by Aisling Reid
After a busy year in 2016, the HSE Leaders Connect group kickstarted 2017 with an event in Manchester to examine and explore the sentencing guidelines[...]
The sentencing guidelines followed a consultation in 2015 which drew in representatives from various associations including the Health and Safety Lawyers Association, DWF LLP, the Food Standards Agenct and various magistrates courts.
Prior to the publication of the sentencing guidelines, there was a definitive guidelines produced by the Sentencing Guidelines council for corporate manslaughter and health and safety offences that caused death, and very limited guidance for other health and safety and food safety offences.
The new sentencing guidelines provide judges with a starting point for fines for companies that commit health and safety offences.
More than a year has passed since the new Health and Safety Sentencing Guidelines were brought into force on 1 February 2016. Here, Kizzy Augustin and Laura Page from Pinsent Masons look at how the guidelines have already impacted some of the cases we have seen in court, including some high profile construction companies.
As widely predicted by the health and safety profession, we have seen a significant increase in fine levels for companies prosecuted for offences under the Health and Safety at Work Act 1974 and associated regulations. We now have a better indication of how large and very large companies are being sentenced in accordance to the new regime to analyse whether the Courts are applying these guidelines in a uniform fashion. This should help companies to identify how best to operate their businesses in order to reduce the impact of sentencing in the event of a prosecution or avoid prosecution altogether.
As we know, the guidelines are broken down into nine categories, each to be considered by the sentencing Court in turn.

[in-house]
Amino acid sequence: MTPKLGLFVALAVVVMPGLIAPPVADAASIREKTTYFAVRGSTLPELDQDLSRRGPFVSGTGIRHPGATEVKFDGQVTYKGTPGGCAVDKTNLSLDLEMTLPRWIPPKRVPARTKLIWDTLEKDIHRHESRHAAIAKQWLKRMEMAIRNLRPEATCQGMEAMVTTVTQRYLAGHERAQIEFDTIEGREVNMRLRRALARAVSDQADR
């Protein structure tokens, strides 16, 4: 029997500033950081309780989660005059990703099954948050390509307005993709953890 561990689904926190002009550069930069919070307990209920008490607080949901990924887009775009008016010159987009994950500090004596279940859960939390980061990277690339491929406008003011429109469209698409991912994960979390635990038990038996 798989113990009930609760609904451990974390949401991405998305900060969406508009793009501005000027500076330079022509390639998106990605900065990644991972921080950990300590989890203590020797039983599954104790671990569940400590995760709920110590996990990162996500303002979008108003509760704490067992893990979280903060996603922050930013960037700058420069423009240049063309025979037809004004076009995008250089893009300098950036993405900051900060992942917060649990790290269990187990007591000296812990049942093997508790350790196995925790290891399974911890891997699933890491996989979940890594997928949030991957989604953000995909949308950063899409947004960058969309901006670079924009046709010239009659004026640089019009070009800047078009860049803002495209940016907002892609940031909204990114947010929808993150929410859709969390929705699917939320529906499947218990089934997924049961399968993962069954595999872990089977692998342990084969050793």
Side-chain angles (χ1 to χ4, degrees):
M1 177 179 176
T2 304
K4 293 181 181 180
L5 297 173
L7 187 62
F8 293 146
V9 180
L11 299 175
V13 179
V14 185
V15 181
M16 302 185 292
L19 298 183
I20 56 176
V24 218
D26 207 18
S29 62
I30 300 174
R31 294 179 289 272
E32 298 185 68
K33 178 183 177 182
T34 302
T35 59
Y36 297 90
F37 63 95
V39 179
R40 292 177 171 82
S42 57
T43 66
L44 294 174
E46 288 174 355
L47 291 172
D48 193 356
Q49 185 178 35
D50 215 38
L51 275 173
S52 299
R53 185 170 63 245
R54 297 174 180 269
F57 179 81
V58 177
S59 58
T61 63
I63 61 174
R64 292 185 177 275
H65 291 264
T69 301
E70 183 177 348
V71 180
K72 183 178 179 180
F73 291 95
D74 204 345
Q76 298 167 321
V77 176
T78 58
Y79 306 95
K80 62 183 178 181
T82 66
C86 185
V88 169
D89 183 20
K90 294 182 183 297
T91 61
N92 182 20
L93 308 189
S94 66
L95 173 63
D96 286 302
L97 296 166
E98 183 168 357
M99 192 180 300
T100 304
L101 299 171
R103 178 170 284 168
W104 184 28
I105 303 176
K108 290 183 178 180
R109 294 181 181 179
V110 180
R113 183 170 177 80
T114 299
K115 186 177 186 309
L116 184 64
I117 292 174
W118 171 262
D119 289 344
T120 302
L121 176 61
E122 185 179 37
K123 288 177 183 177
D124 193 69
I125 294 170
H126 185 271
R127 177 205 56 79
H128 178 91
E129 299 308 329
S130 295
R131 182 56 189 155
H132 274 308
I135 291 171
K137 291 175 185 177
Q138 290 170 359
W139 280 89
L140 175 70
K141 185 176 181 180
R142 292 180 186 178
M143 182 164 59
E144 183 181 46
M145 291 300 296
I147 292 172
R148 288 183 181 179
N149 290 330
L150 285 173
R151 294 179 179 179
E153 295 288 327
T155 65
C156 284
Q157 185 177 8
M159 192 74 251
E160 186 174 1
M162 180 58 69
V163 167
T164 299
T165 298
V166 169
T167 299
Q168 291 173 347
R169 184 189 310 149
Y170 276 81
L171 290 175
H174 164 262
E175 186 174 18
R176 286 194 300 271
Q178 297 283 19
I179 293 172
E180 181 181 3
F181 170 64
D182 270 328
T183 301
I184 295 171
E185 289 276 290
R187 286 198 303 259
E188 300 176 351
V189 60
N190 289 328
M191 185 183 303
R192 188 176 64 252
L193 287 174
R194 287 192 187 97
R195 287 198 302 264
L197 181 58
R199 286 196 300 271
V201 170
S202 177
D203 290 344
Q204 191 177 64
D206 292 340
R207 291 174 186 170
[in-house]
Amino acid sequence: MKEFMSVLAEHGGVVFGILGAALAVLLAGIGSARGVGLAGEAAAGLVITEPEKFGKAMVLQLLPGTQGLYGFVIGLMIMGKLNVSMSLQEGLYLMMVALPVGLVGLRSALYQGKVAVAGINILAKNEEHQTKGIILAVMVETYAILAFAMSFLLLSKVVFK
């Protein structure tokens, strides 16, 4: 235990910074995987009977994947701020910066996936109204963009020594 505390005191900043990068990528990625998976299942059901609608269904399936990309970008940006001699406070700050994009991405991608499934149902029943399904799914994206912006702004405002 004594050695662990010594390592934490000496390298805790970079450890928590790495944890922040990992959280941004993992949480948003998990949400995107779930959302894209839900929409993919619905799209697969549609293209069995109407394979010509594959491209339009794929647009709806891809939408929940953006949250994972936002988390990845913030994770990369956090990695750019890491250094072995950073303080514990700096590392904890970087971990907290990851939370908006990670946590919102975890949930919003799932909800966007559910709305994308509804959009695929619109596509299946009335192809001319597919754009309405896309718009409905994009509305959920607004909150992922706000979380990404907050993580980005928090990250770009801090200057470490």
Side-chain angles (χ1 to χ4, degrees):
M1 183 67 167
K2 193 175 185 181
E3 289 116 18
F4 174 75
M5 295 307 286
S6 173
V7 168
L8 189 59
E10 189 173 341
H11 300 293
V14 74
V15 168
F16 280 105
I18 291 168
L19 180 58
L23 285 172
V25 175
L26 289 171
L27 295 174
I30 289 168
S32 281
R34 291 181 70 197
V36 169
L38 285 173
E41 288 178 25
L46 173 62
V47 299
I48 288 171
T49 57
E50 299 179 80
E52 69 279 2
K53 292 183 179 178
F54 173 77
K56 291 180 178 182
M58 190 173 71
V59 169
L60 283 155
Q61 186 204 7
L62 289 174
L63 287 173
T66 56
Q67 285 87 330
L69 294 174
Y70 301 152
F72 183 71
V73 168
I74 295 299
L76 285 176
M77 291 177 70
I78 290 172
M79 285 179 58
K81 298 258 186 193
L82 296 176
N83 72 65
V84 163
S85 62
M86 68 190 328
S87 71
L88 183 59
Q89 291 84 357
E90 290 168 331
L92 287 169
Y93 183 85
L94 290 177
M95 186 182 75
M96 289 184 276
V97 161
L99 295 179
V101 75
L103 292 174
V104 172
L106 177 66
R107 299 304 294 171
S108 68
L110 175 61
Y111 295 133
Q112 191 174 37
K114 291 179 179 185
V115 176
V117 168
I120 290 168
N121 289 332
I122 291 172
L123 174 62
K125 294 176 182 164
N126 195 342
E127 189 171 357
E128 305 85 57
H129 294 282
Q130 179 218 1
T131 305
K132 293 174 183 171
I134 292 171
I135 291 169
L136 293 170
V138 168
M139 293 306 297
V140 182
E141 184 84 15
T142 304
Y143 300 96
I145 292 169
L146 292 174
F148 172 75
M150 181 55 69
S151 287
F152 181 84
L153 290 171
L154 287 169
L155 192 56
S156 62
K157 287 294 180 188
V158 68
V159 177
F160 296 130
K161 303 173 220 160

The first three categories are, in our opinion, the most significant, as representations need to be made on behalf of the defendant to encourage the Court to either chose lower categories, which leads to more favourable sentencing options, or to encourage the Court to sentence at the bottom end of a range which could make a significant difference to the overall fine.
The first consideration of the Court in accordance with the guidelines is the level of culpability, where the range is from ‘very high’, which involves a deliberate breach or flagrant disregard for the law, to a ‘low’ level of culpability when significant efforts were made to address the risk (albeit inadequate on this occasion), there was no warning of the risk and the failings were minor and an isolated incident.
The next stage considered is the seriousness of harm ‘risked’ and the likelihood of that harm occurring. Health and Safety is based on ‘risk’ and the overarching duty for each dutyholder is to ensure, as far as is reasonably practicable, the health, safety and welfare of employees and non-employees. There is no requirement for a failure to comply with this duty to result in actual harm but is the potential for the risk of harm which arises from the alleged breach of duty. When the Guidelines consider the level of harm, they are concerned with the seriousness of harm ‘risked’ and if actual harm has been caused, this is used as an aggravating feature for the purposes of sentencing.
On considering the seriousness of harm risked (which is almost always going to be ‘death’ or serious physical impairment), the court must then consider the likelihood of the harm occurring, which assists in identifying the most appropriate harm category. The category can be adjusted if the alleged breach resulted in actual harm i.e. someone was actually injured and/ or a wide group of the public or employees were put at risk.